Levantines (Latin Christians)

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This article is specifically about Latin Christians in the Levant. Other ethnic groups in the Levant are covered under their individual names.

Levantines or Franco-Levantines (French: Levantins; Italian: Levantini; Greek: Φραγκολεβαντίνοι Frankolevantini; Turkish: Levantenler or Tatlısu Frenkleri) are Latin Christians who lived under the Ottoman Empire. The term is also applied to their descendants living in modern Turkey and the Middle East.

Characteristics[edit]

Levantines were mostly of Italian (especially Venetian and Genoese), French, or other Euro-Mediterranean origin and have been living in Constantinople/Istanbul, Smyrna/Izmir and other parts of Anatolia (in present-day Turkey) and the eastern Mediterranean coast since the middle Byzantine or the Ottoman era.[citation needed]

The majority of them are either descendants of traders from the maritime republics of the Mediterranean (such as Venice, Genoa and Ragusa) or of European inhabitants of the Crusader states (especially the French Levantines in Lebanon, Israel and Turkey).[citation needed]

In Turkey[edit]

Levantines continue to live in Istanbul (mostly in the districts of Galata, Beyoğlu and Nişantaşı), İzmir (mostly in the districts of Karşıyaka, Bornova and Buca), and the lesser port city Mersin where they had been influential for creating and reviving a tradition of opera.[1] Famous people of the present-day Levantine community in Turkey include Maria Rita Epik, Franco-Levantine Caroline Giraud Koç and Italo-Levantine Giovanni Scognamillo.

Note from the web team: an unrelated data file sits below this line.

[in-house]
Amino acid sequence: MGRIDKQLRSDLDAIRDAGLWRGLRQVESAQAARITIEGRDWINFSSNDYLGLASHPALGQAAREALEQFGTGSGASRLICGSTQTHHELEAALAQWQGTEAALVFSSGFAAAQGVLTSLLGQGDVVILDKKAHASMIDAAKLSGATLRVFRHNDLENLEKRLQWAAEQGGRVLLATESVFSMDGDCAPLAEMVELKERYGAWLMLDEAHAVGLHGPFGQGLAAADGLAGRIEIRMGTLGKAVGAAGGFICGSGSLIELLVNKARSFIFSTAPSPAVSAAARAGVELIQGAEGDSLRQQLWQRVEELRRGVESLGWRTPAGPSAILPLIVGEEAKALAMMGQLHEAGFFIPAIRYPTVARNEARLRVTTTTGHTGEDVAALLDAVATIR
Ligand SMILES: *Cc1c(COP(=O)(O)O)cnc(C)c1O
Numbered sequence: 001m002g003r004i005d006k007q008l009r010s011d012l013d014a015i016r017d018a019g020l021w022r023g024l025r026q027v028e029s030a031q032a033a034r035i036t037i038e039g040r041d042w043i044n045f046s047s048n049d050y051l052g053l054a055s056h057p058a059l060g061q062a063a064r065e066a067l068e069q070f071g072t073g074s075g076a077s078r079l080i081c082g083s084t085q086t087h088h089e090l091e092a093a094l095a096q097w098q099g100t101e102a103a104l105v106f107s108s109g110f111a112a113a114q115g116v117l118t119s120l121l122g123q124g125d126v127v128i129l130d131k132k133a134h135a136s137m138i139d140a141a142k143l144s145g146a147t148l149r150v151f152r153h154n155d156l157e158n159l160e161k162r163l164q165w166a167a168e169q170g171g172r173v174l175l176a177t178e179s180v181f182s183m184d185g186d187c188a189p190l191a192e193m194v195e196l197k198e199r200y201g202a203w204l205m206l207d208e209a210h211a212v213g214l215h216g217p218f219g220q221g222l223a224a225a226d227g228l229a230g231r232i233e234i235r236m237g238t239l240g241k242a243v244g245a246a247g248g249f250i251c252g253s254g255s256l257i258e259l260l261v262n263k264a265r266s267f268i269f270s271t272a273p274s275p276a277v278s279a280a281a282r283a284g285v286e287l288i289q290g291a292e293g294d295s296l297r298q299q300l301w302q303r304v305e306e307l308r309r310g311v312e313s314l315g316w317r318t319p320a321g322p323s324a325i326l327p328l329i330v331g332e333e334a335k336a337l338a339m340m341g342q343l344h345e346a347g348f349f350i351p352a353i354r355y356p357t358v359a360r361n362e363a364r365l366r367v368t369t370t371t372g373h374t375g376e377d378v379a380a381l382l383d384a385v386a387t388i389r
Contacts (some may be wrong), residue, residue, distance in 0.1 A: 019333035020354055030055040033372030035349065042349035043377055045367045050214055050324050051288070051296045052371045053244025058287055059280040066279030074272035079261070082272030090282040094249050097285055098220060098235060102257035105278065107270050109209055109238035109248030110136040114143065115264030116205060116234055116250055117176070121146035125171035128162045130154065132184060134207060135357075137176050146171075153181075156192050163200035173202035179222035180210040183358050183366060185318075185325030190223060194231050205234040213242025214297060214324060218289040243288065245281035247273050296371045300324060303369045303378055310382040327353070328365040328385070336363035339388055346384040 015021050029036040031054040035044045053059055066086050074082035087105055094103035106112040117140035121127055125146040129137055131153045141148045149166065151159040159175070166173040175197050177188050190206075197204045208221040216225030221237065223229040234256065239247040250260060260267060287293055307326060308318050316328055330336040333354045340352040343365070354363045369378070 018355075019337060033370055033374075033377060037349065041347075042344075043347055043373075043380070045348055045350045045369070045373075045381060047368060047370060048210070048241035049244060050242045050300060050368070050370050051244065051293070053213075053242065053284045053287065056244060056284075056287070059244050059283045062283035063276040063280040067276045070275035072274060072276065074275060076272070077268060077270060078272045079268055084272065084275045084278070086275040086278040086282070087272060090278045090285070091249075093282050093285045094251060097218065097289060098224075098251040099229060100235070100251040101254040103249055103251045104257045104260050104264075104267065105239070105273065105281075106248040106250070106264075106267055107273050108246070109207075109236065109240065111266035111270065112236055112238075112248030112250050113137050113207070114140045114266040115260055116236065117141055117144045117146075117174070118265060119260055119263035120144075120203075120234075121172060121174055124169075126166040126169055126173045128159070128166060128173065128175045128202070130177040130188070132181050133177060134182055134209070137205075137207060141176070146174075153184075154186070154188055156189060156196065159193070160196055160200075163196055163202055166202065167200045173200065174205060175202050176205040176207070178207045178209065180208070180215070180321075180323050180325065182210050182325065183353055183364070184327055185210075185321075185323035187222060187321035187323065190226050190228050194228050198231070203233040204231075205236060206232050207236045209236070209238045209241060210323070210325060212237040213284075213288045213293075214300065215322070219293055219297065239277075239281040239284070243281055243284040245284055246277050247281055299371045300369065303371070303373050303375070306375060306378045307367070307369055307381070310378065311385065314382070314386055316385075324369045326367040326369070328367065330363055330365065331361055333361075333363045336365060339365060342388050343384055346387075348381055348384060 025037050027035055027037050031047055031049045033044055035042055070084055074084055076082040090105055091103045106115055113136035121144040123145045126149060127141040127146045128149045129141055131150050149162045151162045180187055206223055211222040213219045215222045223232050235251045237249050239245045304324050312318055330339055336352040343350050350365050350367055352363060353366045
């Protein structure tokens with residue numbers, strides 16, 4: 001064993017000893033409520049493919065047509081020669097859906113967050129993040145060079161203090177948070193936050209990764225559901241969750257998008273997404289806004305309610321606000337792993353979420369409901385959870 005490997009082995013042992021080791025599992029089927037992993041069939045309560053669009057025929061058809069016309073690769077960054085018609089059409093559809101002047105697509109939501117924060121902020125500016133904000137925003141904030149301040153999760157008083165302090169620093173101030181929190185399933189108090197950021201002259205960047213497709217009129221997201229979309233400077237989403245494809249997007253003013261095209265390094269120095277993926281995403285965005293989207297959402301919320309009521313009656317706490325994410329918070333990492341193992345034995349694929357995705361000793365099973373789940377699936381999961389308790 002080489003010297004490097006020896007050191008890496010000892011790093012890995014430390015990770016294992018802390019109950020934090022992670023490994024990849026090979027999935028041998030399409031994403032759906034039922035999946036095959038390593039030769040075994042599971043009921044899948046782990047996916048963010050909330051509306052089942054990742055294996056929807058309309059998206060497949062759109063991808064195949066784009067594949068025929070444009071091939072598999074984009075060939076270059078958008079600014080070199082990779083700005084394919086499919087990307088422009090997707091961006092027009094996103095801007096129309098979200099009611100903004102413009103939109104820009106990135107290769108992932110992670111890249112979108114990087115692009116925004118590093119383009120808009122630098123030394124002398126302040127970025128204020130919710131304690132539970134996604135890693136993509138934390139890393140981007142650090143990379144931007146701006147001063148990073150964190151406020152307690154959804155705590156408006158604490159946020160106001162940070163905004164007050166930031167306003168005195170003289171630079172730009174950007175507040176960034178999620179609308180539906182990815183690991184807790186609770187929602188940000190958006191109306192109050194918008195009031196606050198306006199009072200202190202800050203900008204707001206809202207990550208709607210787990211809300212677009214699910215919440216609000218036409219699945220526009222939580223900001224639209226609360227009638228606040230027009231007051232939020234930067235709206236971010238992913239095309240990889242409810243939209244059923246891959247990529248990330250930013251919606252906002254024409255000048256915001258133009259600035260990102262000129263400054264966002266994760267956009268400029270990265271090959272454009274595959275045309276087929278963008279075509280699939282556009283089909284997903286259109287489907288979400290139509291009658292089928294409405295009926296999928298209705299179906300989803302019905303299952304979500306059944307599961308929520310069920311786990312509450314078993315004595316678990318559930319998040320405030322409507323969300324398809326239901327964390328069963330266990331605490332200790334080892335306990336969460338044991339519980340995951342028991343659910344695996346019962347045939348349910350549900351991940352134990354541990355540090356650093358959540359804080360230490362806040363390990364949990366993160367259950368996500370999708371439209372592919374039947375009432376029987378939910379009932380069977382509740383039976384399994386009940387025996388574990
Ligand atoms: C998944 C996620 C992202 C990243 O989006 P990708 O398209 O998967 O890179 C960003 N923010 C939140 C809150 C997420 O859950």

Most of Turkey's small Roman Catholic community are Levantines.

In the Levant[edit]

When the United Kingdom took over the southern portion of Ottoman Syria in the aftermath of the First World War, some of the new rulers adapted the term "Levantine" pejoratively to refer to inhabitants of mixed Arab and European descent and to Europeans (usually French, Italian or Greek) who had assimilated and adopted local dress and customs. Today, many of Lebanon's Roman Catholics are of at least partial French descent.[2][3]

See also[edit]

Notes[edit]

  1. ^ Mersin'in bahanesi yok, Radikal, 26 May 2007
  2. ^ "Gale Encyclopedia of the Mideast & N. Africa: Levantine". answers.com. Retrieved 2012-01-25. 
  3. ^ "About the Journal of Levantine Studies". levantine-journal.org. Retrieved 2012-01-25. 

References[edit]

  • George Baltazzi, Alex Poulimenos, George Galdies, A Lexicon of Smyrneika (Izmir Rumcasi Sozlugu): Illustrated with Phrases, Proverbs, Pictures and Dialogues, ISBN 975333284X.

External links[edit]